Dirty Pipe Disclosure: Gives Root Privileges, Impacts the Latest Versions of Linux

Dirty Pipe

A novel bug dubbed Dirty Pipe (CVE-2022-0847) enables privilege escalation and allows attackers to gain root access by overwriting data in read-only files and SUID binaries. The weakness lies in the faulty handling of pipe buffer flags by Linux Kernel. The name refers to a Linux mechanism of processes’ interaction within the OS, dubbed a pipeline.

The bug is similar to Dirty Cow, also a privilege escalation vulnerability in the Linux Kernel fixed in 2016, with the major difference that the novel one is easier to exploit.

Dirty Pipe Vulnerability Detection

To detect CVE-2022-0847 either by the binary name or through the common offset of “1” being passed with sensitive directories that are targets for privilege escalation, utilize the following threat detection content:

Possible CVE-2022-0847 Dirty Pipe POC Execution (via process_creation)

This detection has translations for the following SIEM, EDR & XDR platforms: Microsoft Sentinel, Elastic Stack, Splunk, Humio, Sumo Logic, ArcSight, QRadar, FireEye, LogPoint, SentinelOne, Graylog, Regex Grep, RSA NetWitness, Chronicle Security, Microsoft Defender ATP, Securonix, Apache Kafka ksqlDB, Carbon Black, Open Distro, and AWS OpenSearch.

The rule is aligned with the latest MITRE ATT&CK® framework v.10, addressing the Privilege Escalation tactic with Exploitation for Privilege Escalation as the primary technique.

Apart from the Sigma rule above, you can use the YARA rule by our top-tier Threat Bounty developer Kaan Yeniyol:

Detect DirtyPipe Exploitation Tool

To detect Dirty Pipe vulnerability, see the full list of rules available in the Threat Detection Marketplace repository of the SOC Prime platform. Eager to craft your own Sigma rules? Join our Threat Bounty program and get rewarded for your valuable contribution.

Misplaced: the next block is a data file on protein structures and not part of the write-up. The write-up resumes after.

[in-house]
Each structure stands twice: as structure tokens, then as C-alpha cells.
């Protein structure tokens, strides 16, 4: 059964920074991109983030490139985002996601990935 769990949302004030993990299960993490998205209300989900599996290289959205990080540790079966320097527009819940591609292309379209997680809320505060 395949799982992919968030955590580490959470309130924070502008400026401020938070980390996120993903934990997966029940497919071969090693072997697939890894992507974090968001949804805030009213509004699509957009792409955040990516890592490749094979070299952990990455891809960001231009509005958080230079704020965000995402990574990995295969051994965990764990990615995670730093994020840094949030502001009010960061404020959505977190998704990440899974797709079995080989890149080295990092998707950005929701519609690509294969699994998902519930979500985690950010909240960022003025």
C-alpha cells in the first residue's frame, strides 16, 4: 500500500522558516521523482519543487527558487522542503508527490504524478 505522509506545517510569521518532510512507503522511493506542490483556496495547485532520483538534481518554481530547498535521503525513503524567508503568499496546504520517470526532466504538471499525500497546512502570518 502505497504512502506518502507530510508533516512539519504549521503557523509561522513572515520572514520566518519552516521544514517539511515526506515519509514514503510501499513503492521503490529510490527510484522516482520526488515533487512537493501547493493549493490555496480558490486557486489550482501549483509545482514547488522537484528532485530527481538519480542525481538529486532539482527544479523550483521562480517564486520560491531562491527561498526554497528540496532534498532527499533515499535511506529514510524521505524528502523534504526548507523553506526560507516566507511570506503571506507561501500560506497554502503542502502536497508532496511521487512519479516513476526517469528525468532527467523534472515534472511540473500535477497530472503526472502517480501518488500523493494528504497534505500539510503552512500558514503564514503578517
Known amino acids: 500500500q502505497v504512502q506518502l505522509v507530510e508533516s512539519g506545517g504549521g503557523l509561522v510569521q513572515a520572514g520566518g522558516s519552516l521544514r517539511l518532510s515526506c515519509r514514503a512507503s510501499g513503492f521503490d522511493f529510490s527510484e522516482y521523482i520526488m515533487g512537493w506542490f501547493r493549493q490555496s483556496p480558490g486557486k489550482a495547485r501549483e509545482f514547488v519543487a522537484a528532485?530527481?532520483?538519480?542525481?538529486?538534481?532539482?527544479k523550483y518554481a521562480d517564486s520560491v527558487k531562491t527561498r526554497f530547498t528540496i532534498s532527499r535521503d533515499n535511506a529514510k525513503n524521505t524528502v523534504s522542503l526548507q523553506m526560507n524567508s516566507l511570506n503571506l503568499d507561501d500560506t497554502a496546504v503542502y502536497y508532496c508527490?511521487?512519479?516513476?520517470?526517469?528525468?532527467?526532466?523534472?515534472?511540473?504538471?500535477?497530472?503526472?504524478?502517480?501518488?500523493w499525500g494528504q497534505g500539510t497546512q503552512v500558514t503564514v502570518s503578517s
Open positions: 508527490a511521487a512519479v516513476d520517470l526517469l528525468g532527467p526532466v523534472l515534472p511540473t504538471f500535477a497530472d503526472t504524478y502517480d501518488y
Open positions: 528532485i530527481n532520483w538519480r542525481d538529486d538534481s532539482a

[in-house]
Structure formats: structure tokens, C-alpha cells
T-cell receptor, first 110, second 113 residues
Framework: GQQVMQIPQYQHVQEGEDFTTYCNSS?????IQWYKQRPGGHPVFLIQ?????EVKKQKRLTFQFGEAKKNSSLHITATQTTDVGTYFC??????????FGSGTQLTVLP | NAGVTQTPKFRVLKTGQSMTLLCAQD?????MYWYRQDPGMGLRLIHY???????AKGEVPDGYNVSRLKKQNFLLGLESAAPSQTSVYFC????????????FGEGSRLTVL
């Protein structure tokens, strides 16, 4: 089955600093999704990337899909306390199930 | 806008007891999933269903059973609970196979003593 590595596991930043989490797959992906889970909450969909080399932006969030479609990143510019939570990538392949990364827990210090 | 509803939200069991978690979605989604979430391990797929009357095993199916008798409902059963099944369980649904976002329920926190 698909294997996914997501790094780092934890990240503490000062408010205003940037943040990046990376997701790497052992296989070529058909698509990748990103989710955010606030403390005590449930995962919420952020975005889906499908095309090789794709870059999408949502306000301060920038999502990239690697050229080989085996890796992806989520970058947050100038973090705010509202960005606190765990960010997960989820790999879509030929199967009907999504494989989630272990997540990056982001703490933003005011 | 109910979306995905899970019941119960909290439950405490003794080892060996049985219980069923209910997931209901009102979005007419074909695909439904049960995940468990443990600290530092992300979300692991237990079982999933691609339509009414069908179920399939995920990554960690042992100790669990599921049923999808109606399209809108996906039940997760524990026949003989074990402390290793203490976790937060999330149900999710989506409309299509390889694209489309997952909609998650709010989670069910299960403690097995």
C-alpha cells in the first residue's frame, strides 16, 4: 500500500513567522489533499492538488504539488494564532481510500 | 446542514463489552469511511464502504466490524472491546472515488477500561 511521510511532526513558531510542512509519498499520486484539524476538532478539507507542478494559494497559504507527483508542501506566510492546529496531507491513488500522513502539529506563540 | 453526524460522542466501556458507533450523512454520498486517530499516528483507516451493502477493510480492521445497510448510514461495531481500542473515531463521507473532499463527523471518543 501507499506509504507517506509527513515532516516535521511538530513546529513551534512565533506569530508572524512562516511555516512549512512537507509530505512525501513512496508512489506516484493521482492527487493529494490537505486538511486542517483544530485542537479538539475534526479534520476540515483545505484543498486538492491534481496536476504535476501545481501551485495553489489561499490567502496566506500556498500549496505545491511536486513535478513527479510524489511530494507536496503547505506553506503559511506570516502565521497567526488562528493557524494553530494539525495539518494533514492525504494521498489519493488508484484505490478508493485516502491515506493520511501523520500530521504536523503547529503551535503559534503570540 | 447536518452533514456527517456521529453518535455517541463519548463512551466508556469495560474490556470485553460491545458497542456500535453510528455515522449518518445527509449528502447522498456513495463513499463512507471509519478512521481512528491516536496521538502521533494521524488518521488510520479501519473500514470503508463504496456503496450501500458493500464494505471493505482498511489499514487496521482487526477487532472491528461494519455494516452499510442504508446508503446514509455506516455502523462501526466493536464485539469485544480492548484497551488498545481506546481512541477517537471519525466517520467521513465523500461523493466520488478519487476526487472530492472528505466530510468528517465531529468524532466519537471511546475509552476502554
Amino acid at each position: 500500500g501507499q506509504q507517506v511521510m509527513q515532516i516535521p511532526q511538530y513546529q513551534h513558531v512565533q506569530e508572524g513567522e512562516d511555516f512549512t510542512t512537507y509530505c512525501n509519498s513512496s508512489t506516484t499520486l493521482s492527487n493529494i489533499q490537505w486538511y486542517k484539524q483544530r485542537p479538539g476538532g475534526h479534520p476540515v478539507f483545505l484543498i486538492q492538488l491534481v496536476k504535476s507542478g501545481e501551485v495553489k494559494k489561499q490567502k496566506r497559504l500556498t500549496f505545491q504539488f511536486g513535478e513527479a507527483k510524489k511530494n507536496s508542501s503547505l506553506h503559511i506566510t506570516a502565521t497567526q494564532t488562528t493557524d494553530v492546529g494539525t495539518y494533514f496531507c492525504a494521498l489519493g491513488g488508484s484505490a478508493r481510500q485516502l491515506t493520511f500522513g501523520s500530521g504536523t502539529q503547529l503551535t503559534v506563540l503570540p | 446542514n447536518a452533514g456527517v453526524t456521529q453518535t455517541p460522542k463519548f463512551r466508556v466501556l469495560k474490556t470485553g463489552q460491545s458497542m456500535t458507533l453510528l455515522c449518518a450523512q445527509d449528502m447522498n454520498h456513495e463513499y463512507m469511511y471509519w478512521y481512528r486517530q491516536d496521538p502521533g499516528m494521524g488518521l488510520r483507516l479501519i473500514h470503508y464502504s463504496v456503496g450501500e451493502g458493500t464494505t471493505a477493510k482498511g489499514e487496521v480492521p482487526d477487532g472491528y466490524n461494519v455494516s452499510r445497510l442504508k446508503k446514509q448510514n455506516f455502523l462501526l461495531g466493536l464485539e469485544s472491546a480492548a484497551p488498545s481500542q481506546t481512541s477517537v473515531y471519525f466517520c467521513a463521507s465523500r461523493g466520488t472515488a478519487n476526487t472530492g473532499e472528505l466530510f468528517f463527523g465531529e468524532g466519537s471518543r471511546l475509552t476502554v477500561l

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Dirty Pipe Analysis

The past year was not the luckiest one for Linux, with numerous Linux exploits coming to light. A previously undocumented high-profile privilege elevation Linux bug disclosed by IONOS software developer Max Kellermann involves core Linux kernel functionality.

In the released Dirty Pipe PoC exploit, Kellermann shows how to abuse the vulnerability to allow non-privileged users to add an SSH key to the root user’s account. This bug equips unauthorized users with remote access to the server with an SSH window with full root privileges. A list of malicious actions enabled by Dirty Pipe includes the following: granting new account root privileges, scheduling a cron job that runs as a backdoor, tempering with a script or binary used by a privileged service. This highly exploitable vulnerability (CVE-2022-0847) also facilitates hijacking a SUID binary for root shell creation, as well as allowing untrusted users to overwrite data in arbitrary read-only files. According to the current data, devices that run Android OS are affected too.

The CVE-2022-0847 flaw was initially discovered in the Linux kernel version 5.8, persisting for over a year and a half until it was resolved in February, in versions 5.16.11, 5.15.25, and 5.10.102.

As hacks evolve, organizations must adapt. Join SOC Prime’s Detection as Code platform and level up your threat detection capabilities with the power of global cybersecurity expertise. Looking for ways to contribute your own detection content and drive collaborative cyber defense? Join forces with SOC Prime’s crowdsourcing initiative to share your Sigma and YARA rules with the community, contribute to safer cyberspace, and receive recurring rewards for your content!

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